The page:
Надежда Никифоровна Рогожина, проректор по международным программам, зав. кафедрой лингвистики и межъязыковой коммуникации Самарского муниципального университета Наяновой, кандидат педагогических наук, доцент.
Директор негосударственного учреждения дополнительного образования “World Class-Samara”.
This time I am going to share my impressions of the exhibition which took place at the new Renaissance Hotel in Samara and was dedicated to ‘International Programmes in Education’ and what recollections it triggered!.
It was an ‘All Russia’ event which started in Lipetsk and continued in Samara and St. Petersburg. It was arranged by Foreign Languages Educational Company (FLEC) and supported by the Ministry of Education of Samara Region.
I must say, I was impressed by the exhibition itself and the hotel where it was held. I think the city has a well deserved world-class hotel at last!
As for the exhibition, Australia, Germany, Great Britain, Ireland, Canada, New Zealand, etc were represented and numerous educational establishments which offered a great variety of programmes of higher education, preparation for internationally recognized exams like TOEFL, IELTS, FCE, etc and summer language schools.
But there was one university which drew my special attention, it was the University of Limerick which is in Ireland! I talked to the representative of this university, a nice gentleman who was eager to tell me all he knew about it! But I was charmed by the name of the university for it reminded me of limericks! Yes, those short poems!
I even recited one which in my opinion dealt with education!
There was a student named Besser
Whose knowledge grew lesser and lesser.
It grew so small, he knew nothing at all,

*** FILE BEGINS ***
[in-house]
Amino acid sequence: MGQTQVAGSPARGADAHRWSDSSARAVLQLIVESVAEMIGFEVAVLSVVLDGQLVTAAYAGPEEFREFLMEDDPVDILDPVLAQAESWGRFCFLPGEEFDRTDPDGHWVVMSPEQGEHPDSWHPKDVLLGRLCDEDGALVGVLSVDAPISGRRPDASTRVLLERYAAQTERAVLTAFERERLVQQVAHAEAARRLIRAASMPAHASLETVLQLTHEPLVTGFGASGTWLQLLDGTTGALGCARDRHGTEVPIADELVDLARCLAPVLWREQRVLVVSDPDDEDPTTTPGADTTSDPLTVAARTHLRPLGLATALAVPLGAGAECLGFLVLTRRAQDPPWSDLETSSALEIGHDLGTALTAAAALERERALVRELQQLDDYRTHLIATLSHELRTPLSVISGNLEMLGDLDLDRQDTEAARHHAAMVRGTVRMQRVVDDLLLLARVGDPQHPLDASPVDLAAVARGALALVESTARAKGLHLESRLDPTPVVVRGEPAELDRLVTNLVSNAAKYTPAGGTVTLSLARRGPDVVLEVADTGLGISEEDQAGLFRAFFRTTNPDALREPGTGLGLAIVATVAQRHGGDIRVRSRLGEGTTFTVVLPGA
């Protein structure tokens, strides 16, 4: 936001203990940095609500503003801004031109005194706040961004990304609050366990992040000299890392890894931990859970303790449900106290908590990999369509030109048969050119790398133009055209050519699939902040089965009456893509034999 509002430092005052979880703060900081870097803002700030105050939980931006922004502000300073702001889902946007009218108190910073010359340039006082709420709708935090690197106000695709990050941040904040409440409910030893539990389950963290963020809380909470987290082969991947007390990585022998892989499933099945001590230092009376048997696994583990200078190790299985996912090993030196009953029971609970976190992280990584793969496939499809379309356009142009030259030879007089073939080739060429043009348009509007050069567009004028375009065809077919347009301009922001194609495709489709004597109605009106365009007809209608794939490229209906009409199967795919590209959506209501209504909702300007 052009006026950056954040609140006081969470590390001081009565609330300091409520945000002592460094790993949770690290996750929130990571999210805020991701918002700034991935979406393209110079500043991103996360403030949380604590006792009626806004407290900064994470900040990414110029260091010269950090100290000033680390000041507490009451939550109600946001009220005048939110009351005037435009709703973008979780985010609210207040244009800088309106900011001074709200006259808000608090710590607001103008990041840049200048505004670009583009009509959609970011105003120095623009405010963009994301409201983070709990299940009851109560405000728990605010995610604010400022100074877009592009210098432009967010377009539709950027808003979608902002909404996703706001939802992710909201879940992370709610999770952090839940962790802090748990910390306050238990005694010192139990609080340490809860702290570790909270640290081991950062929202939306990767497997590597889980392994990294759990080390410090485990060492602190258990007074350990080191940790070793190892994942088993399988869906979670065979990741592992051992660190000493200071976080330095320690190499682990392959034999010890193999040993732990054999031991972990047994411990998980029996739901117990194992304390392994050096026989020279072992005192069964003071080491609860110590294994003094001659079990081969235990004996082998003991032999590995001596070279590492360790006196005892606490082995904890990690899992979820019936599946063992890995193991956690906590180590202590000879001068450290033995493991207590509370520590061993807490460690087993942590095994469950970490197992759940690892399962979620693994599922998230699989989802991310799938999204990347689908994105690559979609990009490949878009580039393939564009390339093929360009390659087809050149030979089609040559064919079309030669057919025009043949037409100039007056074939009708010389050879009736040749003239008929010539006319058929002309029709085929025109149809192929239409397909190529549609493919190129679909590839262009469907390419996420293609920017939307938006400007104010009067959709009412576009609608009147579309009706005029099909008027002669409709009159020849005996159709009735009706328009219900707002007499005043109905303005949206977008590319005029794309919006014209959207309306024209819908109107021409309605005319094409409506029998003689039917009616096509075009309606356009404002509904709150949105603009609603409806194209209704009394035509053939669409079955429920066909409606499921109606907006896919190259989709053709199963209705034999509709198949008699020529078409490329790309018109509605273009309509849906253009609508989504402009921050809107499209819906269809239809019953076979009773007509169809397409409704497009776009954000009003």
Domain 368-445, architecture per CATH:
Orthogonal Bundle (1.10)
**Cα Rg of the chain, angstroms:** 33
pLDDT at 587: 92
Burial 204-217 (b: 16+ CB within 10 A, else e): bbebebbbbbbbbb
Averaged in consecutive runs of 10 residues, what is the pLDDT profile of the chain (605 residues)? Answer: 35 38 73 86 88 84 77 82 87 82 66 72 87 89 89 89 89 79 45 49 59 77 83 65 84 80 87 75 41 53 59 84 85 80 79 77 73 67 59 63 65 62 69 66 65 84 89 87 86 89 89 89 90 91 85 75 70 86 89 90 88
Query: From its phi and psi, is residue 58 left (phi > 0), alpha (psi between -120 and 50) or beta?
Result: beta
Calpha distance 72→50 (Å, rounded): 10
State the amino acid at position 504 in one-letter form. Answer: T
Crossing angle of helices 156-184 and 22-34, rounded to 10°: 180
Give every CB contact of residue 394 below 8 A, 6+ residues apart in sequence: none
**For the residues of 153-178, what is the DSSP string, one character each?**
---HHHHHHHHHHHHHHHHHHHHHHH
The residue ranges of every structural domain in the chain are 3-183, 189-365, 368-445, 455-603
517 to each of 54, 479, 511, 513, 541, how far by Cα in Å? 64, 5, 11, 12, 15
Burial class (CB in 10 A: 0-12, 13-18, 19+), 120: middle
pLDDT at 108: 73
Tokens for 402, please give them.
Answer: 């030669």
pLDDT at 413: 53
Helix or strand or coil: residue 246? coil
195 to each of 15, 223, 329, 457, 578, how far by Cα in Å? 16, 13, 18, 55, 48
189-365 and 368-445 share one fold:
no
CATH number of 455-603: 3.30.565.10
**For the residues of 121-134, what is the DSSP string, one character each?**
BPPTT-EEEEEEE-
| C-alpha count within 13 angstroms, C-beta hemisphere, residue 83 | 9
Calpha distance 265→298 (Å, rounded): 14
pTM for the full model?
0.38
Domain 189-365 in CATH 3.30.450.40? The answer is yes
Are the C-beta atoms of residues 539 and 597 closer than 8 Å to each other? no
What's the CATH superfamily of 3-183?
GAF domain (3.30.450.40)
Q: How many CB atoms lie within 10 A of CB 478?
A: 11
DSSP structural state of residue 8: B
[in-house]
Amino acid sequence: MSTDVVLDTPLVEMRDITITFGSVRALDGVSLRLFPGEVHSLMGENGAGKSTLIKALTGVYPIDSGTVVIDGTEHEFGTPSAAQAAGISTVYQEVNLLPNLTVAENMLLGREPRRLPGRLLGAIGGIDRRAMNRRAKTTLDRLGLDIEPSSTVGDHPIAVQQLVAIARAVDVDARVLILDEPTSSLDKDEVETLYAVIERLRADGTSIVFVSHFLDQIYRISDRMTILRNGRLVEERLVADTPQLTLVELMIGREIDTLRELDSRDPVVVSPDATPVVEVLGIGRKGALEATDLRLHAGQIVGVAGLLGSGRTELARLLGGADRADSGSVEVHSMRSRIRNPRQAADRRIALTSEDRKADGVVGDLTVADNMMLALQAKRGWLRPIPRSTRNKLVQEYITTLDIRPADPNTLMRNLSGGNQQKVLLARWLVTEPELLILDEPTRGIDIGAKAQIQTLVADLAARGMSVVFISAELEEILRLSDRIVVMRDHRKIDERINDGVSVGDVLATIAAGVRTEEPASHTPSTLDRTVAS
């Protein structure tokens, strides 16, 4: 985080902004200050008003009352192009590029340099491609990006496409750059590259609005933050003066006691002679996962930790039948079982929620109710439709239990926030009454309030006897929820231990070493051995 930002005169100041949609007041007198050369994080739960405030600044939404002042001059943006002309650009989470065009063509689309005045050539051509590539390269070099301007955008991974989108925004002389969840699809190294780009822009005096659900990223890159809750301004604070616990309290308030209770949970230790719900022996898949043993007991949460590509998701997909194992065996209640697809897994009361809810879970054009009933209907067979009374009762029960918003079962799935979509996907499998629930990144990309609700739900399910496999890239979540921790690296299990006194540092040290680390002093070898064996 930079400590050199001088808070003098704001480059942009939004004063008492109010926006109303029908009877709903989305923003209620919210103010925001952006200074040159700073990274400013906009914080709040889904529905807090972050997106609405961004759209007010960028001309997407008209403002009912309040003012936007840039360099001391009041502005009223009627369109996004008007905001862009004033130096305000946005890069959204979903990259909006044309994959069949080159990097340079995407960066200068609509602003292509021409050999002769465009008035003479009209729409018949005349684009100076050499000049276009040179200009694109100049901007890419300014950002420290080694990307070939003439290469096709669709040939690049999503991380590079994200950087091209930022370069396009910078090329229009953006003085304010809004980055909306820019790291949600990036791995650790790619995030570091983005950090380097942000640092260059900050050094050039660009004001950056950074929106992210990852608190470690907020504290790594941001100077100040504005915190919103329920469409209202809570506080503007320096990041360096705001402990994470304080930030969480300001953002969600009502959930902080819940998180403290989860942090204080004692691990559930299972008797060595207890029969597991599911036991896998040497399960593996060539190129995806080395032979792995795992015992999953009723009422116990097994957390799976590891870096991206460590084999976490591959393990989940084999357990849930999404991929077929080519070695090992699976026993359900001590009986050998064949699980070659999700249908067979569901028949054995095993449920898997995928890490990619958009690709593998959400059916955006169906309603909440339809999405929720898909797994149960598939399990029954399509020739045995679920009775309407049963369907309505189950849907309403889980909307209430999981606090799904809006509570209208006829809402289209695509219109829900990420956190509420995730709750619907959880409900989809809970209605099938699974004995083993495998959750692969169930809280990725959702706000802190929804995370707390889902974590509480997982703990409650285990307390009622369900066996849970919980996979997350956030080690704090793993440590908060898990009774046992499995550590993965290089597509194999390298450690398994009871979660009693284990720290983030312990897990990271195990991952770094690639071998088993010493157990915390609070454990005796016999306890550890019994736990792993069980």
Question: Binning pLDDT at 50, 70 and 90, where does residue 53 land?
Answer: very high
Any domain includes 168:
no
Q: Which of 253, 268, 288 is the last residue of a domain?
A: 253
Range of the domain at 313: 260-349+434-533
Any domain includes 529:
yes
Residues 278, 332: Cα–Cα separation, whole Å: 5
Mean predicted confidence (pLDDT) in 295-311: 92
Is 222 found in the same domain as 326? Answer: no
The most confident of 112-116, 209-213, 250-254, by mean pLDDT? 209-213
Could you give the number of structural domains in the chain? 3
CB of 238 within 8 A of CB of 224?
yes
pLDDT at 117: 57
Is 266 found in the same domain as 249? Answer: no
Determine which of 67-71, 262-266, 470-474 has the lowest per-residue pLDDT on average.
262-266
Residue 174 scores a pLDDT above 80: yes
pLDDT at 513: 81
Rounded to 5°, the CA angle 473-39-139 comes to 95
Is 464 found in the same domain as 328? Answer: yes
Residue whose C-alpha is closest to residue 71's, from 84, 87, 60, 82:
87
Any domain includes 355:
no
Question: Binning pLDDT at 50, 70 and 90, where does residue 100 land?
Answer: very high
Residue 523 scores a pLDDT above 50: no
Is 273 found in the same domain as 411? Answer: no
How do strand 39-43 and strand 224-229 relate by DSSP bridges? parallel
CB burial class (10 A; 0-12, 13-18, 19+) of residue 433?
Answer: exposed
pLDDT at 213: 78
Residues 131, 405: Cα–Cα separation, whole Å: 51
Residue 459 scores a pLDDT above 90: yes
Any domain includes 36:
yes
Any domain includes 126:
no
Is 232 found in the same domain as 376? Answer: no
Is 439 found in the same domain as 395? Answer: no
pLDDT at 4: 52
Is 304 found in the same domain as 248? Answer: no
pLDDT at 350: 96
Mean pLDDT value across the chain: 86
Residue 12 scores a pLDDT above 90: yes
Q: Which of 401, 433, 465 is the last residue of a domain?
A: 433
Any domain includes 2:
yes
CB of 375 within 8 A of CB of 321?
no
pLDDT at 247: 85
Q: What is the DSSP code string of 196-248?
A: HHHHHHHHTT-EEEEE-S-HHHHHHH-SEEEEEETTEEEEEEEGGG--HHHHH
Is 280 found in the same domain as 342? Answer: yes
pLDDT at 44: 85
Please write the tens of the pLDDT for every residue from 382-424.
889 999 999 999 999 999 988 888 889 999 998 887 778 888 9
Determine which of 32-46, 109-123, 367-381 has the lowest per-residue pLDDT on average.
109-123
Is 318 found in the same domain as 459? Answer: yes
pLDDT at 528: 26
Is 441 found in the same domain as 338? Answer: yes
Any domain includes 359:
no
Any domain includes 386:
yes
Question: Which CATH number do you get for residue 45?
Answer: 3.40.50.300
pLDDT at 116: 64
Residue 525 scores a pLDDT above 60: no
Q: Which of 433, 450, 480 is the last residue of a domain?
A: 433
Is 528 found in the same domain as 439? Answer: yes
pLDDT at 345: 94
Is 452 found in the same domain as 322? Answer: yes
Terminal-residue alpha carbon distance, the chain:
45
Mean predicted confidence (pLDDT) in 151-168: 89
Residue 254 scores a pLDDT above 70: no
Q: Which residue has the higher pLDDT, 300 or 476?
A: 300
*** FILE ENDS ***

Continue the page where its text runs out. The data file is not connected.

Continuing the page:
And today he’s a college professor!
All teachers of English know about these small poems, the father of which was considered to be Edward Lear. (A Book of Nonsense,1846; More Nonsense,1870).
The bases for his ‘nonsense’ poems were limericks, short songs the origin of which is traditionally connected with the Irish town of Limerick. They were considered to be ‘table songs’ and sung during parties . All of them finished with the invitation to visit Limerick!
O, won’t you come up, come all the way up,
Come all the way up to Limerick?
Lear, of course, knew those short songs, but he used to say that the one that had inspired him was “There was a man of Tobago”.
He never called his poems limericks, but ‘poems of nonsense’. As a term it appeared in dictionaries in 1890. Anyway, Lear used the form of a folk limerick and made it a poem of a paradox.
Edward Lear created a special world which rejected all the laws and rules of common sense. He was an eccentric himself and his literary works are somewhat apart from not only English but European literature, too.
Edward Lear had many followers (the most famous being Lewis Carroll, Robert Louis Stevenson and Rudyard Kipling) and you can enjoy some of the limericks next to this column.
You can try to write some of your own, too!
There was a sick man of Tobago
Lived long on rice-gruel and sago;
But at last, to his bliss,
The physician said this:
“To a roast leg of mutton you may go.” (W.S. Gilbert)
There was an old man of Kamschatka,
Who possessed a remarkably fat cur;
His gait and his waddle, were held as a model,
To all the fat dogs in Kamschatka. (Edward Lear)
There was a Young Lady of Russia,
Who screamed so that no one could hush her:
Her screams were extreme, no one heard such a scream
As was screamed by that Lady of Russia. (Edward Lear)
There was a young man of Oporta,
Who daily got shorter and shorter.
The reason, he said,
Was the hod on his head,
Which was filled with the heaviest mortar. (Lewis Carroll)
There was an old man of the Cape,
Who made himself garments of crepe.
When asked, “Do they tear?”
He replied, “Here and there;
But they are perfectly splendid for shape.” (Robert Louis Stevenson)
There once was a boy in Quebec,
Who was buried in snow to his neck.
When asked, “Are you friz?”
He replied, “Yes, I is.
But we don’t call this call in Quebec.” (Rudyard Kipling)
There was a young lady of Niger,
Who smiled as she rode on a tiger.
They returned from the ride
With the lady inside –
And the smile on the face of the tiger! (Cosmo Monkhouse)
There was an old lady of Wales,
Who lived upon oysters and snails.
Upon growing a shell,
She exclaimed, “It is well.
Now I’ll never wear bonnets or veils.” (Anthony Euwer)
Illustrator: K. Sokolov
* Topsy-Turvy World: English Humour in Verse.- M: Progress Publishers.-1974.-325p.